I subscribe to a handful of cooking/food blogs. One site, The Kitchn, is a big operation. This site has multiple people contributing to it and they pump out a new email every day. These emails go to my inbox for email@example.com. I get so many emails from The Kitchn that I don’t have time to read them all but most of them have pretty engaging titles. The other day I was purusing the subject lines of all of these emails from The Kitchn and one subject line jumped out at me…How to Cook Tender and Juicy Pork Chops in the Oven. In my mind I was already calling BS on this claim but I was intrigued enough to start reading. Here are the opening lines of this article: What if I told you that I could guarantee perfectly cooked, perfectly tender pork chops, every time? Would you believe me? Or have too many dinners of overcooked shoe-leather pork chops turned you off from this easy addition to the weeknight meal rotation? (source credited below). Ha! Amen to that….I mean I don’t even so much as look at pork chops at the grocery anymore. It’s like they are mocking me….hey I’m affordable and fairly healthy but you just can’t get me right! The first paragraph of this article concluded, Let me convince you to try them one more time. Let me convince you to try roasting your pork chops in the oven. Okay, I’ll let you convince me, but I am still skeptical. So a few nights later, I declared it to be TENDER pork chop night! The family looked at me like I was crazy when I said, “Tonight, we are going to eat pork chops and they are going to be good!” (Side note: This preparation also gave me a chance to use my new cast iron skillet which I got for Christmas and have been fired up about). I skimmed through the article which read like a cooking lesson and I saw how this quest for the juicy pork chop may actually come to be…..brining. Yep, brining the pork chops ahead of time. Of course you think about brining a turkey, but do you ever consider brining a smaller cut of meat? Same result…increased tenderness and juiciness! If you aren’t familiar with brining, it is simply soaking the meat in a salt water solution — skip this step if you are in need of a very low sodium diet. In my recipe below I am essentially sharing The Kitchn’s technique for great pork chops and all credit goes to them (the exact article is linked below the recipe). These pork chops are G-O-O-D, I kid you not! Use whatever sauce or seasonings that you like. I whipped up this white wine dijon mustard sauce for Mike and me and it was tasty, or you could just add a store bought bbq sauce to keep it easy. The girls loved the pork chops just plain — they ate every bite! I served them with a side of mashed potatoes and broccoli. Watch out pork chops, you are back in my dinner rotation!
Tender Pork Chops with White Wine Mustard Sauce (Serves 4)
4 pork chops (boneless or bone-in, appx ¾-1 inch thick)
3 Tbsp salt (for brining plus more for seasoning)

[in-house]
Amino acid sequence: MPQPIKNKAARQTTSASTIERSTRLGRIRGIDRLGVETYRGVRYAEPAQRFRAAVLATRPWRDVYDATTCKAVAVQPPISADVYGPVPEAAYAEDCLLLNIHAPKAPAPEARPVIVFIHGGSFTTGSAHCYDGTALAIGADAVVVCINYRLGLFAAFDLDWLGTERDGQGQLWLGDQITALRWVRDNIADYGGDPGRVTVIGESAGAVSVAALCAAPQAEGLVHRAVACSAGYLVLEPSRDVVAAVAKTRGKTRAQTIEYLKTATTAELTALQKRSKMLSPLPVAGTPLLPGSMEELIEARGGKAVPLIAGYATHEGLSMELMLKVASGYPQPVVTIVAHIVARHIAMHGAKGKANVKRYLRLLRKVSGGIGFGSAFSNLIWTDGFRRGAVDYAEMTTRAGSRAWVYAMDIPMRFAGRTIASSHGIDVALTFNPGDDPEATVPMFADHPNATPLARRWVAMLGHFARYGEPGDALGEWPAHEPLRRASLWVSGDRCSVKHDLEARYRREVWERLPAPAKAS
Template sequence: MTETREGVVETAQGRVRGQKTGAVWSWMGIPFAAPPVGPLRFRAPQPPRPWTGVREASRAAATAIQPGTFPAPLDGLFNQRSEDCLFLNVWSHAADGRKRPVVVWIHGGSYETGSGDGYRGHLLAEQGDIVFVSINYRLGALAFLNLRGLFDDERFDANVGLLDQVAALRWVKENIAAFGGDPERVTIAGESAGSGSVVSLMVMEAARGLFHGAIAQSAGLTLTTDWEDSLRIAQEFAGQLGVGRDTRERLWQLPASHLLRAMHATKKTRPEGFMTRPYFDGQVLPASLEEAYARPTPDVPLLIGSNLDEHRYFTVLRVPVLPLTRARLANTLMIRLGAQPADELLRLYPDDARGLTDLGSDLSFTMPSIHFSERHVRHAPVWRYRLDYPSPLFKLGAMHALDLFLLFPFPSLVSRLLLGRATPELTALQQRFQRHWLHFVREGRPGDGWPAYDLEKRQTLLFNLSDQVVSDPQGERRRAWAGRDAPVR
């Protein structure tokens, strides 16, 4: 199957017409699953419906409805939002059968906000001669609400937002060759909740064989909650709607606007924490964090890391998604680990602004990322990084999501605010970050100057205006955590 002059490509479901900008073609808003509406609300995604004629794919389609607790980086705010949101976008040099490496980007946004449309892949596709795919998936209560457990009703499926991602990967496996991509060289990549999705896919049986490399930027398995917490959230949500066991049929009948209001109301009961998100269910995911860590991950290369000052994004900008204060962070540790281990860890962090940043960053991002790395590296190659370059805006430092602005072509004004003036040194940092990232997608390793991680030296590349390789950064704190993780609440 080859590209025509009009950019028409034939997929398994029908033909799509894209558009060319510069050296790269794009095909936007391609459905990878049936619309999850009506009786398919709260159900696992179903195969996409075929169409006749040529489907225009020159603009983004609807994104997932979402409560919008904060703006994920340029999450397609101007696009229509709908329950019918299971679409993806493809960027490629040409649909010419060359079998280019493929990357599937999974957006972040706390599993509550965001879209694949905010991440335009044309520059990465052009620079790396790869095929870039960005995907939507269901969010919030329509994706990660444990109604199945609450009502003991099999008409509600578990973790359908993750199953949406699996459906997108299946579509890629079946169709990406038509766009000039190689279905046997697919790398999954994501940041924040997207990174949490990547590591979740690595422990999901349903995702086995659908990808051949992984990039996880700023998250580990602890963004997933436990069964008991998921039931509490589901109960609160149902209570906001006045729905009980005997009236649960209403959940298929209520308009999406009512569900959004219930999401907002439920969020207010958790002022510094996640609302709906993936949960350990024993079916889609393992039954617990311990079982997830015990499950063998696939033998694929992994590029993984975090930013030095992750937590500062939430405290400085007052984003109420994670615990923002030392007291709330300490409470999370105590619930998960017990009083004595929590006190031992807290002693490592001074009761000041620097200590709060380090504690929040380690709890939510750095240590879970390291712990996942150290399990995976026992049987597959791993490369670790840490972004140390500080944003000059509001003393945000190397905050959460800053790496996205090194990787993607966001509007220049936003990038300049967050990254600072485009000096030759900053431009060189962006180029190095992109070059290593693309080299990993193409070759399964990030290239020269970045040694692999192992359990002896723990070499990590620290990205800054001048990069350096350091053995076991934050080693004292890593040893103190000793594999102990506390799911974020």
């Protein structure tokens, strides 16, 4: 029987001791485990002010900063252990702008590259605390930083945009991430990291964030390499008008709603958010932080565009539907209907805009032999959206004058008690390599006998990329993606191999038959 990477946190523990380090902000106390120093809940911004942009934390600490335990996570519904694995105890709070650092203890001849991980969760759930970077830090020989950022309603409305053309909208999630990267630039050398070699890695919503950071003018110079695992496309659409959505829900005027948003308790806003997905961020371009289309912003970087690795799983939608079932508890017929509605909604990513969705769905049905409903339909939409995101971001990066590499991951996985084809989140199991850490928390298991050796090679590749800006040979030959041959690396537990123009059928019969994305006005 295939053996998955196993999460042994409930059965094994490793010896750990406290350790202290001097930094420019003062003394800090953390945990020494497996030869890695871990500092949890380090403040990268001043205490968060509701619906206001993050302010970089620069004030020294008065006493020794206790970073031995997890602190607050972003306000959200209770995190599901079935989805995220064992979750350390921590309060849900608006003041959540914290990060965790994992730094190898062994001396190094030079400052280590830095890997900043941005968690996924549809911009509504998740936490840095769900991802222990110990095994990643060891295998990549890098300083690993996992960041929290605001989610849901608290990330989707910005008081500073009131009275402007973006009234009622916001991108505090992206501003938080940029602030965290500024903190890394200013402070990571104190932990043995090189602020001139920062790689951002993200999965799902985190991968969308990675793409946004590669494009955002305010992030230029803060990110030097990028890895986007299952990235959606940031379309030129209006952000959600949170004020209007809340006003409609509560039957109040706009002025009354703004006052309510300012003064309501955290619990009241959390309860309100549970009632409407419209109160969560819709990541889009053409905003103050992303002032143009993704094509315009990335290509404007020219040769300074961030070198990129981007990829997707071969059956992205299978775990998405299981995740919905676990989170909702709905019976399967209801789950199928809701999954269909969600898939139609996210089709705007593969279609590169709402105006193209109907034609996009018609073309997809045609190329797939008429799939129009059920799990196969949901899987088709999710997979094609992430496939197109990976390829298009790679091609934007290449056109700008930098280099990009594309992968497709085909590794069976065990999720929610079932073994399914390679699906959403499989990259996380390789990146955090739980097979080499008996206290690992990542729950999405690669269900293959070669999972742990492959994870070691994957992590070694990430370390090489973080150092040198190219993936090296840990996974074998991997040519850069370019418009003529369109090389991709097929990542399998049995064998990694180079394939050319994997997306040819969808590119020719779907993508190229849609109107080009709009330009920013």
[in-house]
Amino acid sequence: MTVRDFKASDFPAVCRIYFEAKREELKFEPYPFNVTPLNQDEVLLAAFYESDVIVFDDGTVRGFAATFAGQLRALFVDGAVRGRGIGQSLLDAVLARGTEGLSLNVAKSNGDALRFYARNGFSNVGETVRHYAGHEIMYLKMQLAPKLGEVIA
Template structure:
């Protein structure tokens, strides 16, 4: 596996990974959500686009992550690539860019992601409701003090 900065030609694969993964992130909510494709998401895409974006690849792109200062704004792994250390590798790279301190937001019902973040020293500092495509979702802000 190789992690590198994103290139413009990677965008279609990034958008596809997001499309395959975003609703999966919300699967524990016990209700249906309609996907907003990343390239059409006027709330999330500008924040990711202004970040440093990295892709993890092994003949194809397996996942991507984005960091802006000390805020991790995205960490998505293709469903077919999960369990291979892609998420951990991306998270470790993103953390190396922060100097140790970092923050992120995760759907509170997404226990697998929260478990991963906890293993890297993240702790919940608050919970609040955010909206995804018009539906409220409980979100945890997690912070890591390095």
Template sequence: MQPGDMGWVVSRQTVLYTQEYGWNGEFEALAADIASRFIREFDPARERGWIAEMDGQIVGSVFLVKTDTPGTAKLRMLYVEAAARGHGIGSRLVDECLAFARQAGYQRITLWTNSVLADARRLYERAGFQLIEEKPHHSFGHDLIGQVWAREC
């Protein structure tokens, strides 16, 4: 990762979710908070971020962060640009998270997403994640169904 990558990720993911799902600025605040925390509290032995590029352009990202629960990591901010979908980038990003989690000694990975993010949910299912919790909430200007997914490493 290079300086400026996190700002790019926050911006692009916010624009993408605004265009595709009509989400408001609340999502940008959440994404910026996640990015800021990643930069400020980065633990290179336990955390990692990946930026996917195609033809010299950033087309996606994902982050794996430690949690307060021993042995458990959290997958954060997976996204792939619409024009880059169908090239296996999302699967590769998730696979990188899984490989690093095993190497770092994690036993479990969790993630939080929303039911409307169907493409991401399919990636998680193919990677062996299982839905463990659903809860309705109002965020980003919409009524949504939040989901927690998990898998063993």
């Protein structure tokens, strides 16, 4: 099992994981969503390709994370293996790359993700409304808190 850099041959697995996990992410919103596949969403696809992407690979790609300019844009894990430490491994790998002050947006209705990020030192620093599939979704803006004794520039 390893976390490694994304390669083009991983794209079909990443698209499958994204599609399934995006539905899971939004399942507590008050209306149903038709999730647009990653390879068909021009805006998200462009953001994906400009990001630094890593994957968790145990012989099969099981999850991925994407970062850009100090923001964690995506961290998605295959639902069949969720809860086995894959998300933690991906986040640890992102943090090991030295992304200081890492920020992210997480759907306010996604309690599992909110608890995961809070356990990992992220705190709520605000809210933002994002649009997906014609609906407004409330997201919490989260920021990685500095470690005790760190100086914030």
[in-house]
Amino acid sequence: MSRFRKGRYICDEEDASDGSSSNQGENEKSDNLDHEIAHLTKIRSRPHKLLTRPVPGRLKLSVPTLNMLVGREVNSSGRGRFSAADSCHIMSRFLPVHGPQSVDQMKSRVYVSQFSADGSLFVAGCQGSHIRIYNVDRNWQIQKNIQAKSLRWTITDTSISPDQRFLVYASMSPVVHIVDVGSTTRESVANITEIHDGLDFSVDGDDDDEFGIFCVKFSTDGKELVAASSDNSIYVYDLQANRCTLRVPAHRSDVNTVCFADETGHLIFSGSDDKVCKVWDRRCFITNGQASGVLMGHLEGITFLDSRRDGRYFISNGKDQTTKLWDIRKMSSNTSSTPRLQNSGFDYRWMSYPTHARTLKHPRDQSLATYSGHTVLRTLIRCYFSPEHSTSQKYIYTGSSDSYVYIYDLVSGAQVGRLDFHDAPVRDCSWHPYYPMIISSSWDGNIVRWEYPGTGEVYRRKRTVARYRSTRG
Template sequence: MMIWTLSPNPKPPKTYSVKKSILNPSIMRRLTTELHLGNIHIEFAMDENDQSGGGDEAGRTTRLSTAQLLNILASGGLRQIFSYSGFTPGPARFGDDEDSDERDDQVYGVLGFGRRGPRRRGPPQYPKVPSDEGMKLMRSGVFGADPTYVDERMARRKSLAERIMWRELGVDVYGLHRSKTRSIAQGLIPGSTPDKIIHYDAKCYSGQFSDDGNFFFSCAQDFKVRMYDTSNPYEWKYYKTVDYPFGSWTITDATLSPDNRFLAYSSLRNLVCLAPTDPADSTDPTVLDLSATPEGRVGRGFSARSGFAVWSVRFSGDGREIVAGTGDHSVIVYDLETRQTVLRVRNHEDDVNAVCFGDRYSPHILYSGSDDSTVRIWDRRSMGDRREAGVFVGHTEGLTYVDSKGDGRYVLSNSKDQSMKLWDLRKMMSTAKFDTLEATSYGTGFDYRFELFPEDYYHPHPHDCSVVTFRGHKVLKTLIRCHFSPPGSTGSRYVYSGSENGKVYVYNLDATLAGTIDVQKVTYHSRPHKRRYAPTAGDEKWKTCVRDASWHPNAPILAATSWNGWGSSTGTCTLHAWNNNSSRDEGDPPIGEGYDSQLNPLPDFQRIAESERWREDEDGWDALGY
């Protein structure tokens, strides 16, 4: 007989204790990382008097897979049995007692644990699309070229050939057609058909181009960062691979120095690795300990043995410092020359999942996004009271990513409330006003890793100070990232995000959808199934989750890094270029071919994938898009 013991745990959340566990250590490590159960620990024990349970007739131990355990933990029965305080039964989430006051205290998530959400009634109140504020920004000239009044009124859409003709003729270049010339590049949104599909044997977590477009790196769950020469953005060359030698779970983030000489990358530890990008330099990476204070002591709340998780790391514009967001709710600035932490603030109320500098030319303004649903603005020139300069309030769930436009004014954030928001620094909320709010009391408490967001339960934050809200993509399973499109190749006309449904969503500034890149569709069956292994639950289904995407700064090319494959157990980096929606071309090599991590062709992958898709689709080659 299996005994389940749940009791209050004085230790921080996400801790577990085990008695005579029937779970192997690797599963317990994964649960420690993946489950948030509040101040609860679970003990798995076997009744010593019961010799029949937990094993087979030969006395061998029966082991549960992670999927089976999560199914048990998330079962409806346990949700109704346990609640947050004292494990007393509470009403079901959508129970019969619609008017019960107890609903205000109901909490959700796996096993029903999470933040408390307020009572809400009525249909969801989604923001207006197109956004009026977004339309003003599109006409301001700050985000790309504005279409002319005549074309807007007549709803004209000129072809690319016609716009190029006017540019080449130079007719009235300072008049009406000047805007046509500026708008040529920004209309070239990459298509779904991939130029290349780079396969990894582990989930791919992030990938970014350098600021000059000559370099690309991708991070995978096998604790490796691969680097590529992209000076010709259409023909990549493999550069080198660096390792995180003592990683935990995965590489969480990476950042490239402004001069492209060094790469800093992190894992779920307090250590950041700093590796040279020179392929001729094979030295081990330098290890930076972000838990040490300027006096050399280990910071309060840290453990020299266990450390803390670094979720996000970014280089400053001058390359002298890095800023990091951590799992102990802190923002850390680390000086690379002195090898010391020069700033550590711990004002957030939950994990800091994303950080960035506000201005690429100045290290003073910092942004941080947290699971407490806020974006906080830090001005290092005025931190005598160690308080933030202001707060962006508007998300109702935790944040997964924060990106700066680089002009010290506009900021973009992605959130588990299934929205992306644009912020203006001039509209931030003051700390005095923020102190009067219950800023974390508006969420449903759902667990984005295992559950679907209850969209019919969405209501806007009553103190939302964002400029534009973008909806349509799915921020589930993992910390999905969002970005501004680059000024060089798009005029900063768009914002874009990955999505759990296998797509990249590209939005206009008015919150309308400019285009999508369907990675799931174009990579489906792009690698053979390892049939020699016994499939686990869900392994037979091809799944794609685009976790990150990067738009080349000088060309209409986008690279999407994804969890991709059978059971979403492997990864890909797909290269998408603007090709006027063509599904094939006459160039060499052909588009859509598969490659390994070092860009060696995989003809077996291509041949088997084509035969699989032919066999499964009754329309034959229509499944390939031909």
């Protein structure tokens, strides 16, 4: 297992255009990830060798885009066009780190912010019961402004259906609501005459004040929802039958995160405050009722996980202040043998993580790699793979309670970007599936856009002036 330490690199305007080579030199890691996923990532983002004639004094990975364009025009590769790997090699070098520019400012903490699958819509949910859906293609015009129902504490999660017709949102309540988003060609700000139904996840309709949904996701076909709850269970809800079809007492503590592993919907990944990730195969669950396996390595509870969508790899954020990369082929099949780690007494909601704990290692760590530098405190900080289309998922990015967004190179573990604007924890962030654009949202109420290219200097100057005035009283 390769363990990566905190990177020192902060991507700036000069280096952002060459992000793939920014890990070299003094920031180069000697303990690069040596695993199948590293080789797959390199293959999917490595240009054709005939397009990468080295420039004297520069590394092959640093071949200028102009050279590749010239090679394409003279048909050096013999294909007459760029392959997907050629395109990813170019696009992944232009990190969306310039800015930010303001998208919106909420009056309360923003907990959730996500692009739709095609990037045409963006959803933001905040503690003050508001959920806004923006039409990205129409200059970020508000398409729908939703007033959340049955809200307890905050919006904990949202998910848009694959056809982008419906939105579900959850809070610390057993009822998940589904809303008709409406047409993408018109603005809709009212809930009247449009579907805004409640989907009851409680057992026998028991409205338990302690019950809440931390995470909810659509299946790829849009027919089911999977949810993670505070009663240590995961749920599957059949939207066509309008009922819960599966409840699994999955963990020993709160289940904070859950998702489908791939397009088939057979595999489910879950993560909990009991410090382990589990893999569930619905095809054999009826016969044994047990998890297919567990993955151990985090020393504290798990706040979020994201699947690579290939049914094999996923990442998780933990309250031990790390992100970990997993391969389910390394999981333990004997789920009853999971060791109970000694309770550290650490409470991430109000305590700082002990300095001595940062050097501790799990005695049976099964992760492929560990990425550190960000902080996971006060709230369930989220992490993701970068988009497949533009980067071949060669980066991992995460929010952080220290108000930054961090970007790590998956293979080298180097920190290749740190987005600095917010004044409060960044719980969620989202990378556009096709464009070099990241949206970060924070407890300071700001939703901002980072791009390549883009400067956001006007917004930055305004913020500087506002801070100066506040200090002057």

optional flavoring for brining: garlic cloves, peppercorns
1 cup dry white wine
3 tsp Dijon mustard
3-4 Tbsp butter
3 Tbsp fresh parsley, chopped
Brine the pork chops (this is optional but I highly recommend it, even if just for a short time). Bring 1 cup water to a boil, add the salt (and optional flavorings if desired) and stir to dissolve the salt. Add two more cups of cold water to bring the temperature of the brine down to room temperature. Place the pork chops in a shallow dish and pour the brine over top. Make sure the pork chops are entirely covered (add a little extra water if need be). Cover the dish and refrigerate for 30 minutes or up to 4 hours.
Preheat the over to 400 degrees. Place cast iron skillet (or any stainless steel or oven-safe skillet) in the oven to preheat.
Remove pork chops from the brine. Pat dry with paper towels. Rub both sides with olive oil and sprinkle with salt (optional if you brine) and pepper.
Using an oven mitt or glove, carefully remove the hot skillet from the oven and place on stovetop over medium high heat. Lay the pork chops in the hot skillet; they will immediately begin to sizzle. Sear for about 3 minutes so that they get a golden crust. Flip the pork chops and transfer skillet back into the oven (you only need to sear the one side on the stove top because the other side will sear in the oven). Tip: I often keep an oven mitt placed over the handle of the hot skillet the entire time it’s on the stove to remind myself that it’s hot (of course don’t forget to take it off after placing it into the oven).
Roast the pork chops until they are cooked through (140 degrees in thickest part of chop) which should take between 6-10 minutes depending on thickness. Check at 6 minutes and then every minute after. Transfer cooked pork chops to plate, cover with foil and let rest for about 5 minutes.
To make sauce, place pan over medium heat and add white wine. Deglaze the skillet getting all of the pork bits and seasoning. Let simmer for approximately 5 minutes to reduce. Take pan off of heat and whisk in butter in small chunks, Dijon mustard and fresh parsley. Season with salt and pepper. Either pour sauce over pork chops or put pork chops back into skillet to coat with sauce.
Source: thekitchn.com, How to Cook Tender and Juicy Pork Chops in the Oven